February 15, 2024

FlexiGroBots – data sharing in agriculture

FlexiGroBots sounds a bit like the name of a computer game, while it actually is something more serious: an EU project to expand the use of robots and data spaces in agriculture. Digital technology redefines how food is cultivated – making is more sustainable, better and less expensive. It is a tool for agriculture to find new ways of intelligent automation for farmers around the world.

What can data spaces do for agriculture? Anil Turkmayali, Senior Project Manager at IDSA explains, “Agriculture is no different from other industry: it uses data, various types of data, to conduct the farming operations in a more optimized way,” meaning there is an enormous economic potential.

Data space realization in Finland, Spain, Lithuania, and Serbia

For validating the solutions developed within FlexiGroBots, three real-life pilots of significant economic value have been defined: cultivation of grapevines in Spain, blueberries in Lithuania and Serbia and rapeseed in Finland. The aim is to support field management by establishing a seamless data flow from sowing to growth monitoring and harvesting. The project leverages AI and Big Data. Coordinated by the research company ATOS, the FlexiGroBots consortium comprises 16 partners. Its data space is based on International Data Spaces (IDS) technology with data interfaces for sensors, robots, and drones. VTT, a company that is also IDSA’s hub facilitator in Finland, provided IDS-based connectors to realize the project.

In this European research project, agricultural work becomes more resource-efficient and cost-effective by integrating data from various sources into a data space. Farmers can use the data to make qualified and informed decisions to achieve higher yields and better crop quality. But who collects data and how?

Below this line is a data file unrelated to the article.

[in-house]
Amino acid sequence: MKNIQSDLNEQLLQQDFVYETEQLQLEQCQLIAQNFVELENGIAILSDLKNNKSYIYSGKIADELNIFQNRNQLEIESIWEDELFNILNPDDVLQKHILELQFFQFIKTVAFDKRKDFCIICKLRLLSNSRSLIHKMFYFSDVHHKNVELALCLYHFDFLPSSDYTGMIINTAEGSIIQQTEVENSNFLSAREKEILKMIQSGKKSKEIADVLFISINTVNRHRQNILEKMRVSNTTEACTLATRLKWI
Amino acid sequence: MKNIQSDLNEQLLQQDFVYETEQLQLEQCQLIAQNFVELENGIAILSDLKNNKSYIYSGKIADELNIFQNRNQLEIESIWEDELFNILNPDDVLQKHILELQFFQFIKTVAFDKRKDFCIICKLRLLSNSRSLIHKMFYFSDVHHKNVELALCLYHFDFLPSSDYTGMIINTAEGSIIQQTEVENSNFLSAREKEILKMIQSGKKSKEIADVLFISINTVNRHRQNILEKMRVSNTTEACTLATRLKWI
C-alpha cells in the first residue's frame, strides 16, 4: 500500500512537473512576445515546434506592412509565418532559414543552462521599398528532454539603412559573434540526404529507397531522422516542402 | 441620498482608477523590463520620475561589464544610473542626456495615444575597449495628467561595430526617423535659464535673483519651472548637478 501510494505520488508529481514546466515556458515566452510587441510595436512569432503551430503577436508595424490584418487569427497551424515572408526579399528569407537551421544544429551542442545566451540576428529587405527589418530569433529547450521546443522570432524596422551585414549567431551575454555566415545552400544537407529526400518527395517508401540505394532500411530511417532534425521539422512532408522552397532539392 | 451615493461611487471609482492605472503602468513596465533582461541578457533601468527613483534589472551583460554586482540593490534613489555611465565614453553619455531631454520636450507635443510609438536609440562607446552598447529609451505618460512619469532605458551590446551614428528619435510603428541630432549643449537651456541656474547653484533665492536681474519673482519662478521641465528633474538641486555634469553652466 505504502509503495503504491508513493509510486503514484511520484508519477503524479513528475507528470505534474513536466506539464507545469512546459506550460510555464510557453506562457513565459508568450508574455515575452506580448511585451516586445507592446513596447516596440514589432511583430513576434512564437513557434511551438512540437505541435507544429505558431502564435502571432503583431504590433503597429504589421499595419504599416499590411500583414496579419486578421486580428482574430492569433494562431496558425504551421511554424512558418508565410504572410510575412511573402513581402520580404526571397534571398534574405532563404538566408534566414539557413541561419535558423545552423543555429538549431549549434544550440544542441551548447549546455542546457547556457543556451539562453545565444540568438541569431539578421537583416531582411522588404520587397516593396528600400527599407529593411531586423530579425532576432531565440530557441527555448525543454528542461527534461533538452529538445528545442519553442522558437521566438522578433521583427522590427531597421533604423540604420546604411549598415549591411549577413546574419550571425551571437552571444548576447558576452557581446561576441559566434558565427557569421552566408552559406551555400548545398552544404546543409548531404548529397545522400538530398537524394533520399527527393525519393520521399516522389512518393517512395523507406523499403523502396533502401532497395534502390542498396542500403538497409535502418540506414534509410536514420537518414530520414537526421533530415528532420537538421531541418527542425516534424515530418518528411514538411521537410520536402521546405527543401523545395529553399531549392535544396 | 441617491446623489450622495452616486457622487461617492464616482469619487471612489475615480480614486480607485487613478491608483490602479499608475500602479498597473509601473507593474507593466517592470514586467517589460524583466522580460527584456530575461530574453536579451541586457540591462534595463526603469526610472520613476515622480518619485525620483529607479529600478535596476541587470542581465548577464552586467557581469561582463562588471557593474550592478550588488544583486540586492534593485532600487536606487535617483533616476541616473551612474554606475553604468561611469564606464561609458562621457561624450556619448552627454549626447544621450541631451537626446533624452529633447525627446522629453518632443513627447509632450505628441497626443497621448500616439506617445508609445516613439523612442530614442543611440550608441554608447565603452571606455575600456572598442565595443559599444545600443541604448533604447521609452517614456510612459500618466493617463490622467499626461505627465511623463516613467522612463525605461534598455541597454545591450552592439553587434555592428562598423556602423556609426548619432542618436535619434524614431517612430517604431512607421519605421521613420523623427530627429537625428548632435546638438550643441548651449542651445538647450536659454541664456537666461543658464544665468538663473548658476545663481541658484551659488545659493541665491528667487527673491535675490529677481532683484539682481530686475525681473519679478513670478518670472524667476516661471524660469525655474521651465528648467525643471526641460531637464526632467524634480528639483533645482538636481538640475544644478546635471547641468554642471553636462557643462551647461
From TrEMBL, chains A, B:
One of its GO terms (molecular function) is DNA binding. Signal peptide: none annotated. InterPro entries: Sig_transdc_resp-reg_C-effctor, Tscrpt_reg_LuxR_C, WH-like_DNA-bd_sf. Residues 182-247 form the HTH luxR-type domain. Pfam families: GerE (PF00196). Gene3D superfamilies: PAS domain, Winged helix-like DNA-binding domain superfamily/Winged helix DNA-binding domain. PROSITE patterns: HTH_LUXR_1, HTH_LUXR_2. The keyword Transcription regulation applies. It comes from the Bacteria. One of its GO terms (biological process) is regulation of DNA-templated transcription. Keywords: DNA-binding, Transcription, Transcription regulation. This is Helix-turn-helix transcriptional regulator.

Robots as farmer’s little helpers

Ground robots and drones inspect soil for early detection of pests, localize them precisely, and assess plant health and soil quality. As a result, it can be predicted which part of the farm is more susceptible to disease. Robots can then be sent out to spray pesticides in targeted areas. Additionally, they use autonomous, self-driving tractors which are collecting data from the soil. And a weather station adds climate information in the data space. “The Mission Control Center of the pilots is acting like the tower in an airport, and so they are collecting data, analyzing, and making assumptions based on that,” Anil points out.

This data space implementation shows how data sharing could be used for farming operations. Digital technologies can revolutionize agriculture – FlexiGroBots is at the forefront of this change. This is much better news than the launch of a new computer game!

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